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Imagery in Sonnet 73
Imagery Examples in Sonnet 73:
"Consumed..." See in text (Sonnet 73)
The imagery that the speaker creates here – fire being consumed by that which gave it birth; the death-bed and youth being inextricably linked — alludes to the idea of the phoenix. A phoenix is a mythological bird that lives for a century, self-immolates, and is then reborn from the ashes. The phoenix is a symbol for immortality and the cyclical nature of life and death. This imagery suggests that the speaker’s has an accepting attitude towards inevitable death.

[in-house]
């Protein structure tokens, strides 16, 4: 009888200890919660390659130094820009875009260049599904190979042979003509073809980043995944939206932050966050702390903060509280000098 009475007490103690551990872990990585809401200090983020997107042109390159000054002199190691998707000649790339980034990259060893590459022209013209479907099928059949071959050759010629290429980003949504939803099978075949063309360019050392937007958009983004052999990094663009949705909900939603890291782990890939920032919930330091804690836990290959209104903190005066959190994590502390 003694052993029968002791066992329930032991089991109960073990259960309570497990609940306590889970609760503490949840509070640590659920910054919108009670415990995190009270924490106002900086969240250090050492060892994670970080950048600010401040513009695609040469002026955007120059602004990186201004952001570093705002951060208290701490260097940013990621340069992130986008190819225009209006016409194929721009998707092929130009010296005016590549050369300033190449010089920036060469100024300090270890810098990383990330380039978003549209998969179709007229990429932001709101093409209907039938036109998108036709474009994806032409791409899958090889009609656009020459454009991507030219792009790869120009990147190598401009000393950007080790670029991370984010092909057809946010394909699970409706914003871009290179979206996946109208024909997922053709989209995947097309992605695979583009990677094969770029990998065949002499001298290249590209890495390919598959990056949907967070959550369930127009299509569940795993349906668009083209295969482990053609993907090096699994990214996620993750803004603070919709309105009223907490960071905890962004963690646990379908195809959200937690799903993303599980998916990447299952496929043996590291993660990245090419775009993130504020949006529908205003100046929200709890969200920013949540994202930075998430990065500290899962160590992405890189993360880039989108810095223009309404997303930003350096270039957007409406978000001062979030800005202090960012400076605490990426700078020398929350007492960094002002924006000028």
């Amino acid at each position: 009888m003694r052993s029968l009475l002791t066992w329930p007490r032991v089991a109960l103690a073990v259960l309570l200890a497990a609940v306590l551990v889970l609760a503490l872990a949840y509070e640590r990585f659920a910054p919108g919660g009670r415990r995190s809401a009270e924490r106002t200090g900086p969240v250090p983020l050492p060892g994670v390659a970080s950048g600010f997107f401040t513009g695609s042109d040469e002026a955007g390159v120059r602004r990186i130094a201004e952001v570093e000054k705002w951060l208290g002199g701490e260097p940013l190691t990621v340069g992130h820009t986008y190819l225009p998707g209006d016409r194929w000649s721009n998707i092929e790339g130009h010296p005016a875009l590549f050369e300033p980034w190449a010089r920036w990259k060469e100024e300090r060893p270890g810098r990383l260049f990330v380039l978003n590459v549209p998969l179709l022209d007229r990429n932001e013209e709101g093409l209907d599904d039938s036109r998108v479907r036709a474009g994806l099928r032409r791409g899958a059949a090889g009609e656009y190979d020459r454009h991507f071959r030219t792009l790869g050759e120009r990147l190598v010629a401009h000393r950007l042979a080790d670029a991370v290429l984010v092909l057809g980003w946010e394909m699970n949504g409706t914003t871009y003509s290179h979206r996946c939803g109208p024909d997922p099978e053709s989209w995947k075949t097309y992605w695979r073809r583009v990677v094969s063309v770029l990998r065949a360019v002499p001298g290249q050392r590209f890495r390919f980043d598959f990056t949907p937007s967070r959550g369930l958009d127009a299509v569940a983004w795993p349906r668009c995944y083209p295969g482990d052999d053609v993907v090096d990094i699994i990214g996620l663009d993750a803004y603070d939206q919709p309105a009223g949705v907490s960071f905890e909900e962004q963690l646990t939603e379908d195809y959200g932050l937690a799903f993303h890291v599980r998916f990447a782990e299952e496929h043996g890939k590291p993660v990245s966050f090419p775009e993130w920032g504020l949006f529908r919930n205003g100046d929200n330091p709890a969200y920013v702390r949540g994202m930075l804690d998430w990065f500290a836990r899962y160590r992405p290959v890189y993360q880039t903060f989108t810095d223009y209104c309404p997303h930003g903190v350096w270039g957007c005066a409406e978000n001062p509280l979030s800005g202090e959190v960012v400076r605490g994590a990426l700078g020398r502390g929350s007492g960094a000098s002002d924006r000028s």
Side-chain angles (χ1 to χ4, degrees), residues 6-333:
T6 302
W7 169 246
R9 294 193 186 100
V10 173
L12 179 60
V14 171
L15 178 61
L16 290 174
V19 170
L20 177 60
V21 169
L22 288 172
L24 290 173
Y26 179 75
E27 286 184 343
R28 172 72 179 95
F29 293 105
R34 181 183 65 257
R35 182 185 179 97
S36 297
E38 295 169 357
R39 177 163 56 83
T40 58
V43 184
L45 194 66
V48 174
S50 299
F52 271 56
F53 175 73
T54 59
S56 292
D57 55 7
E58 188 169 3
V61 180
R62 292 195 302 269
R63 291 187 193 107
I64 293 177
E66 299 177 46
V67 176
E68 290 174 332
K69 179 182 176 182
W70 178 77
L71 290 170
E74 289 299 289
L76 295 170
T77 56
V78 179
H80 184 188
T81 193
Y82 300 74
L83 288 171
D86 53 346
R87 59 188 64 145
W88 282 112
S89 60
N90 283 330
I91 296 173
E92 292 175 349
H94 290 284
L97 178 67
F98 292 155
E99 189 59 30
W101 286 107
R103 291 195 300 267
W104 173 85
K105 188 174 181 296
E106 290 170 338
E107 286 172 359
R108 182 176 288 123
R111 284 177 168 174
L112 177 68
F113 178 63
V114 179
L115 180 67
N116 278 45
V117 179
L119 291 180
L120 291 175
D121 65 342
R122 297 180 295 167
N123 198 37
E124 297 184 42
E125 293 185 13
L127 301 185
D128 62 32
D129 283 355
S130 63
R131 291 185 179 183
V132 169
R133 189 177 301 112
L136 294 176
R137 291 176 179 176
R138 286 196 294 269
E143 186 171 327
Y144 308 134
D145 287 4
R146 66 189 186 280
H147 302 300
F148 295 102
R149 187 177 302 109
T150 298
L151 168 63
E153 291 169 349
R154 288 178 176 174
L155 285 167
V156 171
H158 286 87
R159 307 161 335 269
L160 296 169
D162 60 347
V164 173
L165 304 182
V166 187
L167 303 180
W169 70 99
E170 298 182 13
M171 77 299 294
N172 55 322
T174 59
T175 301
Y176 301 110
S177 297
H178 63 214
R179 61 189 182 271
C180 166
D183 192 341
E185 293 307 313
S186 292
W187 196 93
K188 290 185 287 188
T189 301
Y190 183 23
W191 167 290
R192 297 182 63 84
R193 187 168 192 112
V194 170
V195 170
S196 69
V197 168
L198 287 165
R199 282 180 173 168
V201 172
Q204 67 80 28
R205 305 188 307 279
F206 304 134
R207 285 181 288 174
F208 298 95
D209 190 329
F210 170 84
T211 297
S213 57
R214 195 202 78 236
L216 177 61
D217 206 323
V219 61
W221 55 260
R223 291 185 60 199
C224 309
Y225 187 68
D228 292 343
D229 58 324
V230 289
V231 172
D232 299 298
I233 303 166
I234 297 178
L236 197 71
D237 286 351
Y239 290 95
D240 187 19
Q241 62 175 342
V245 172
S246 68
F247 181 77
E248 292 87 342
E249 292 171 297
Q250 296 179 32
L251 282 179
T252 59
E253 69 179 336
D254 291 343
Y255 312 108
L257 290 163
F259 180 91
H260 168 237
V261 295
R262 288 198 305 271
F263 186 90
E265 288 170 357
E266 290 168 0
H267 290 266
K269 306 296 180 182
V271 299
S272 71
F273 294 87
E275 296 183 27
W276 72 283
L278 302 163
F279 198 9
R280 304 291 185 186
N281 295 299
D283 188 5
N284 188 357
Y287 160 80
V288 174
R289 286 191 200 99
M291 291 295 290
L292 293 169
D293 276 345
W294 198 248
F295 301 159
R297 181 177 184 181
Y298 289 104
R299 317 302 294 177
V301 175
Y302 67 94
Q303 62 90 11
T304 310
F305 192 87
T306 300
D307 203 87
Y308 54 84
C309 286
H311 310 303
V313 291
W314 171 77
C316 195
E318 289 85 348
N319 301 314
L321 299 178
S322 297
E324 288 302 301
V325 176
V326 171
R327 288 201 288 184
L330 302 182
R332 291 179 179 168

"sweet birds sang..." See in text (Sonnet 73)
The image of the choir of “sweet birds” that no longer sing reinforces the idea of the speaker’s diminished poetic output . Song and poetry, after all, are classically linked. The ghost of the choir suggests a sense that the speaker’s poetry has dried up, or will.
"in me behold..." See in text (Sonnet 73)
The speaker uses himself as a frame for all of the imagery he produces in the sonnet’s three quatrains. The autumn scene, the setting sun, and the smoldering fire are all “in me.” He underscores this frame by beginning the second and third quatrains identically, with the phrase “In me thou seest.” This is an imaginative move: the fair youth cannot truly see the speaker’s vivid metaphors.